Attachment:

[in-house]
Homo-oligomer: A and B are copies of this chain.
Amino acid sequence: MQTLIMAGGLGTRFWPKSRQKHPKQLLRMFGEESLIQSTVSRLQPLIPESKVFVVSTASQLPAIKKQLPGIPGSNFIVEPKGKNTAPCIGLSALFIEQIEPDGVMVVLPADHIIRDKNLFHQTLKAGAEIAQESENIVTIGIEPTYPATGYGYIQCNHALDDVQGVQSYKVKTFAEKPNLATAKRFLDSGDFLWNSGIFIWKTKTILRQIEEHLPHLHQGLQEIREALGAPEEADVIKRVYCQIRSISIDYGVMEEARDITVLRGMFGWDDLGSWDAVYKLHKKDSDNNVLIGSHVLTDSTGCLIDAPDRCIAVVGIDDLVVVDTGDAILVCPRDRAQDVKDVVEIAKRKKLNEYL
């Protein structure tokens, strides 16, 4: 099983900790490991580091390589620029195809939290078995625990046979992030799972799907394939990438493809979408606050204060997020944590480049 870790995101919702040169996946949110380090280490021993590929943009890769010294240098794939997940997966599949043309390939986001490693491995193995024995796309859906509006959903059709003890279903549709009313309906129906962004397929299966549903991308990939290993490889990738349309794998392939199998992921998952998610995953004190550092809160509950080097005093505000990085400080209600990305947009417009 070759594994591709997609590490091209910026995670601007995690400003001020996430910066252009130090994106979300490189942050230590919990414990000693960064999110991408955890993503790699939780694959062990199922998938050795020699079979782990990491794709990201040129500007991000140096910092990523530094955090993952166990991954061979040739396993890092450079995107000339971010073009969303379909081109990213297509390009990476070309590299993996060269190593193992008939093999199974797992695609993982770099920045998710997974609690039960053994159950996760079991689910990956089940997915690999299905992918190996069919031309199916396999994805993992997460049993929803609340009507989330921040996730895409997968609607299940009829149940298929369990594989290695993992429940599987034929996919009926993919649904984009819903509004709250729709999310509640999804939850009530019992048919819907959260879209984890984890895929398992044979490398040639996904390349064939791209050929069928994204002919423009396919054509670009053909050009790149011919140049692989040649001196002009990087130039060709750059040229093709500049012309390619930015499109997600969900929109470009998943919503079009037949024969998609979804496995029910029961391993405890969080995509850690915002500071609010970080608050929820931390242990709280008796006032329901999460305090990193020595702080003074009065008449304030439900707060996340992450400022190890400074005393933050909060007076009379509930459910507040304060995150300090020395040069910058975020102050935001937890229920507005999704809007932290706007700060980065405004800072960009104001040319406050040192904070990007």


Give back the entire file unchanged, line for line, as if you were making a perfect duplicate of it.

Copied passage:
[in-house]
Homo-oligomer: A and B are copies of this chain.
Amino acid sequence: MQTLIMAGGLGTRFWPKSRQKHPKQLLRMFGEESLIQSTVSRLQPLIPESKVFVVSTASQLPAIKKQLPGIPGSNFIVEPKGKNTAPCIGLSALFIEQIEPDGVMVVLPADHIIRDKNLFHQTLKAGAEIAQESENIVTIGIEPTYPATGYGYIQCNHALDDVQGVQSYKVKTFAEKPNLATAKRFLDSGDFLWNSGIFIWKTKTILRQIEEHLPHLHQGLQEIREALGAPEEADVIKRVYCQIRSISIDYGVMEEARDITVLRGMFGWDDLGSWDAVYKLHKKDSDNNVLIGSHVLTDSTGCLIDAPDRCIAVVGIDDLVVVDTGDAILVCPRDRAQDVKDVVEIAKRKKLNEYL
């Protein structure tokens, strides 16, 4: 099983900790490991580091390589620029195809939290078995625990046979992030799972799907394939990438493809979408606050204060997020944590480049 870790995101919702040169996946949110380090280490021993590929943009890769010294240098794939997940997966599949043309390939986001490693491995193995024995796309859906509006959903059709003890279903549709009313309906129906962004397929299966549903991308990939290993490889990738349309794998392939199998992921998952998610995953004190550092809160509950080097005093505000990085400080209600990305947009417009 070759594994591709997609590490091209910026995670601007995690400003001020996430910066252009130090994106979300490189942050230590919990414990000693960064999110991408955890993503790699939780694959062990199922998938050795020699079979782990990491794709990201040129500007991000140096910092990523530094955090993952166990991954061979040739396993890092450079995107000339971010073009969303379909081109990213297509390009990476070309590299993996060269190593193992008939093999199974797992695609993982770099920045998710997974609690039960053994159950996760079991689910990956089940997915690999299905992918190996069919031309199916396999994805993992997460049993929803609340009507989330921040996730895409997968609607299940009829149940298929369990594989290695993992429940599987034929996919009926993919649904984009819903509004709250729709999310509640999804939850009530019992048919819907959260879209984890984890895929398992044979490398040639996904390349064939791209050929069928994204002919423009396919054509670009053909050009790149011919140049692989040649001196002009990087130039060709750059040229093709500049012309390619930015499109997600969900929109470009998943919503079009037949024969998609979804496995029910029961391993405890969080995509850690915002500071609010970080608050929820931390242990709280008796006032329901999460305090990193020595702080003074009065008449304030439900707060996340992450400022190890400074005393933050909060007076009379509930459910507040304060995150300090020395040069910058975020102050935001937890229920507005999704809007932290706007700060980065405004800072960009104001040319406050040192904070990007």